This week, the U.S. Supreme Court refused to hear the National Organization for Marriage's (NOM) case challenging the Maine law that requires political organizations to disclose their campaign financiers.
But seeing as NOM has successfully flouted similar laws in California and Iowa without any penalties, the Supreme Court's refusal may be meaningless... unless Maine's Attorney General William Schneider suddenly decides to grow a pair and actually prosecute them.
While NOM's pattern of secrecy will plague them as more courts observe their blatant disregard for the law and potential donors realize realize that NOM can't keep their anonymity forever, it's up to the attorney general of Maine to uphold his state's laws by punishing NOM's non-compliance.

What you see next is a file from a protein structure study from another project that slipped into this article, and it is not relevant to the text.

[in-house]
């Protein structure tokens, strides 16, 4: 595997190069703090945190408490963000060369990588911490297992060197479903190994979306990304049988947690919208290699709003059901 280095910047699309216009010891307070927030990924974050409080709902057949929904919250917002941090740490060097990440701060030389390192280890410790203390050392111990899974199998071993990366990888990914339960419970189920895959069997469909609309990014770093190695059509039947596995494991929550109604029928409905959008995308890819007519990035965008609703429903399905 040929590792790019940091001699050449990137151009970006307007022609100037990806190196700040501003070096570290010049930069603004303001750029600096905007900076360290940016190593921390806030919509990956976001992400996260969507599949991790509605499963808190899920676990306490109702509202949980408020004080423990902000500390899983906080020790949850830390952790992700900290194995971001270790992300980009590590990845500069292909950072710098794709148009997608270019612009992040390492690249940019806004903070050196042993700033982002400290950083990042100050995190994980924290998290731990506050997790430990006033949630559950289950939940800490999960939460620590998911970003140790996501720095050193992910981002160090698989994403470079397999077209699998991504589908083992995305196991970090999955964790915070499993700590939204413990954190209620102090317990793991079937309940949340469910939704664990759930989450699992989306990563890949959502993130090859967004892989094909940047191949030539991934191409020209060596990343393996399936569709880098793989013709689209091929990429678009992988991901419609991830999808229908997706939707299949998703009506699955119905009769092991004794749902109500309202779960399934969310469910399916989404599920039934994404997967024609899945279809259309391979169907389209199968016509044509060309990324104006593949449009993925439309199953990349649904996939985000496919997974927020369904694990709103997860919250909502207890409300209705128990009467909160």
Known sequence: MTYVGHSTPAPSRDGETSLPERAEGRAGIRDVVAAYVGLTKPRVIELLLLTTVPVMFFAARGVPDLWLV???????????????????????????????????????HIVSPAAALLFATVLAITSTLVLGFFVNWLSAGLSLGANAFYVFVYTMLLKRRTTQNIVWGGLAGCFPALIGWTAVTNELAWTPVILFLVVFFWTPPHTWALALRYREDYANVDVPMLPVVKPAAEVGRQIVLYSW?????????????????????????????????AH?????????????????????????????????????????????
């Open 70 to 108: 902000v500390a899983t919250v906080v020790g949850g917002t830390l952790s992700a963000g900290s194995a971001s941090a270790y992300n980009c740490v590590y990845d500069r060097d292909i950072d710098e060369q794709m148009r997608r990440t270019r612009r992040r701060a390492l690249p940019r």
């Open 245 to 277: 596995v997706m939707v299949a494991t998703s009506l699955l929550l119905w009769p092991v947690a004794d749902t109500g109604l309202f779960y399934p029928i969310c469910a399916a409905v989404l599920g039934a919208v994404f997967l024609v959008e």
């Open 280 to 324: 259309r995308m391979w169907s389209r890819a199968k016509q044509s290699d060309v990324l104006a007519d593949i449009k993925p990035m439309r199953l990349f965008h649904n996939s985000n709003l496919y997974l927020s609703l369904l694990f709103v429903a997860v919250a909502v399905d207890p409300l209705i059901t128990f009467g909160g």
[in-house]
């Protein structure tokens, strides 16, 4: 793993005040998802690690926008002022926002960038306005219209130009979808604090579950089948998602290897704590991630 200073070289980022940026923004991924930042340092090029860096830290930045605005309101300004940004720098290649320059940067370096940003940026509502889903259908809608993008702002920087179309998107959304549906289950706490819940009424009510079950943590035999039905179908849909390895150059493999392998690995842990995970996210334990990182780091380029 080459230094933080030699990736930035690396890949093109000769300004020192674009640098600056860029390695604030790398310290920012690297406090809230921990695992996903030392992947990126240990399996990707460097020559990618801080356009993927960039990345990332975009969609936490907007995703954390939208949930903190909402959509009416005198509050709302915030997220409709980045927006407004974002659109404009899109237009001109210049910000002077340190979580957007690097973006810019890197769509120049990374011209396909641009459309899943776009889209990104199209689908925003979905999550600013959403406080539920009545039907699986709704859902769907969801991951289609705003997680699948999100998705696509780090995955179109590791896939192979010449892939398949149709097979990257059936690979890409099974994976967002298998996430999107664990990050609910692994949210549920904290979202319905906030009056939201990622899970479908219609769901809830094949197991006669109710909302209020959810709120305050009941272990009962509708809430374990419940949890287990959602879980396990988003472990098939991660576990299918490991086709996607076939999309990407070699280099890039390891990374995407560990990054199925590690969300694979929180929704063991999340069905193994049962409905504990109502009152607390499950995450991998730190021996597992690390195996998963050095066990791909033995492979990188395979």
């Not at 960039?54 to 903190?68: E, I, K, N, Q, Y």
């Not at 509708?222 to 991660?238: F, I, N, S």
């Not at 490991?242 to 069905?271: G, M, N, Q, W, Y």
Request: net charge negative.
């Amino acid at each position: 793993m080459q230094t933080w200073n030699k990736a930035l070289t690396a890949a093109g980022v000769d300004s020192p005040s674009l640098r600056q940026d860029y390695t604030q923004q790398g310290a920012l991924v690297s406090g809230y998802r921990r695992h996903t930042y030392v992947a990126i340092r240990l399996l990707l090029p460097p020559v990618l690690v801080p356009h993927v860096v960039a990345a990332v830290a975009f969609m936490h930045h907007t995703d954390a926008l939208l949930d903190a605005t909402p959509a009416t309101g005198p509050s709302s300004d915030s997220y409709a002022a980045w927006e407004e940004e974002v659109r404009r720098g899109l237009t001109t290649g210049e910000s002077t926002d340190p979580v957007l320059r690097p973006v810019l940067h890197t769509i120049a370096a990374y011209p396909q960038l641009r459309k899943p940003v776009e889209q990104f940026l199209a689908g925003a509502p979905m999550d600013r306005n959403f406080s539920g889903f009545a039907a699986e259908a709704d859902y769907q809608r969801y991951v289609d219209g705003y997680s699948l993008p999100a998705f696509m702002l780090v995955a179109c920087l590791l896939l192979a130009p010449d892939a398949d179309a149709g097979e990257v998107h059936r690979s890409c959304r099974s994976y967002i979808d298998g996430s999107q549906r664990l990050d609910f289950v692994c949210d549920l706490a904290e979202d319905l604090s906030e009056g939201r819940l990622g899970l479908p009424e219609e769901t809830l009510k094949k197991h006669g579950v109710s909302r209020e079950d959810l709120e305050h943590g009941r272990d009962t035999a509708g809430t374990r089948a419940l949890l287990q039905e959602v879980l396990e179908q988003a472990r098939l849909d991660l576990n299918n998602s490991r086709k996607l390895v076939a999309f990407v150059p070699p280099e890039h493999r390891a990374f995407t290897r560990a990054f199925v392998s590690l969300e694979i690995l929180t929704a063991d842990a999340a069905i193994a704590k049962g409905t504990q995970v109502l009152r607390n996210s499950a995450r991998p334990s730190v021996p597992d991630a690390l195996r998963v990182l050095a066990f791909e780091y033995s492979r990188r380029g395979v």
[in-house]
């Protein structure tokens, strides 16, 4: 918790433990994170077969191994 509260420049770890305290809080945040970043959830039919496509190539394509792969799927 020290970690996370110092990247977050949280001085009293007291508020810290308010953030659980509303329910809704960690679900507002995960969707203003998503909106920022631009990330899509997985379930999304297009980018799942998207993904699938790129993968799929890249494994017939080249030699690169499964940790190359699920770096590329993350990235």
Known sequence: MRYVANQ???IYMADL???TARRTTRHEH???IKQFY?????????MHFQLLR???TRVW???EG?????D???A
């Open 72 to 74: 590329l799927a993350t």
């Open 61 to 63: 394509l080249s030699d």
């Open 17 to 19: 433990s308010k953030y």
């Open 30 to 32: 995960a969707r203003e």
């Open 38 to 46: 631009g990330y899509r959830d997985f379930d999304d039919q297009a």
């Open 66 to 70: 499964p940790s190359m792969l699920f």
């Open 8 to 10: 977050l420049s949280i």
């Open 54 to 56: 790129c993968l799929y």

But Maine Attorney General William Schneider is one of the 13 Republican state attorneys general who have threatened to sue President Barack Obama over his requirement that religious businesses' health insurance offer full contraception coverage.
As such, Schneider is towing the Catholic line about how "religious conscience" forbids religious, taxpayer-funded businesses from following laws that requiring them to protect women's reproductive rights and treat homosexuals like equals.
Seeing as NOM is a Catholic organization, it's unlikely that Schneider will pressure them to obey the law by his own volition.
However, it behooves LGBT media to begin a campaign highlighting Schneider's failure to enforce his state's popular campaign law. With increased media attention, his failure to prosecute would reflect poorly on his ability as an attorney general and also teach the public about the sort of organization that NOM really is--one that seeks to deny gay citizens their rights, state laws be damned.